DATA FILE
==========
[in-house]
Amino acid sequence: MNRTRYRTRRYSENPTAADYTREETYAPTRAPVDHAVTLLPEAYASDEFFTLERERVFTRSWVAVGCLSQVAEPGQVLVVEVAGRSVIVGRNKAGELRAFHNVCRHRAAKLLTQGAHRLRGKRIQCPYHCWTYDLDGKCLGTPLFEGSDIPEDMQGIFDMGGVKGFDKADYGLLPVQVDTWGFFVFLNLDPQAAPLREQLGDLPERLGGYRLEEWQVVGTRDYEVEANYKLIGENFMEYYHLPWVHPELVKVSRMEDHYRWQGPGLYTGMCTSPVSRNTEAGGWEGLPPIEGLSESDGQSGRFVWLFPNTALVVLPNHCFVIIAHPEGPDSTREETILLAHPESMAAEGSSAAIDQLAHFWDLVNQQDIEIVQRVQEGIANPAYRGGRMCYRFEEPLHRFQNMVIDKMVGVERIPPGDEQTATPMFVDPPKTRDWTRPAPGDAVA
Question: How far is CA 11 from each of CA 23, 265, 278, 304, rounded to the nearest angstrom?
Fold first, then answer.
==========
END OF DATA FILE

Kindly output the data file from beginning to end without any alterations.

[in-house]
Amino acid sequence: MNRTRYRTRRYSENPTAADYTREETYAPTRAPVDHAVTLLPEAYASDEFFTLERERVFTRSWVAVGCLSQVAEPGQVLVVEVAGRSVIVGRNKAGELRAFHNVCRHRAAKLLTQGAHRLRGKRIQCPYHCWTYDLDGKCLGTPLFEGSDIPEDMQGIFDMGGVKGFDKADYGLLPVQVDTWGFFVFLNLDPQAAPLREQLGDLPERLGGYRLEEWQVVGTRDYEVEANYKLIGENFMEYYHLPWVHPELVKVSRMEDHYRWQGPGLYTGMCTSPVSRNTEAGGWEGLPPIEGLSESDGQSGRFVWLFPNTALVVLPNHCFVIIAHPEGPDSTREETILLAHPESMAAEGSSAAIDQLAHFWDLVNQQDIEIVQRVQEGIANPAYRGGRMCYRFEEPLHRFQNMVIDKMVGVERIPPGDEQTATPMFVDPPKTRDWTRPAPGDAVA
Question: How far is CA 11 from each of CA 23, 265, 278, 304, rounded to the nearest angstrom?
Fold first, then answer.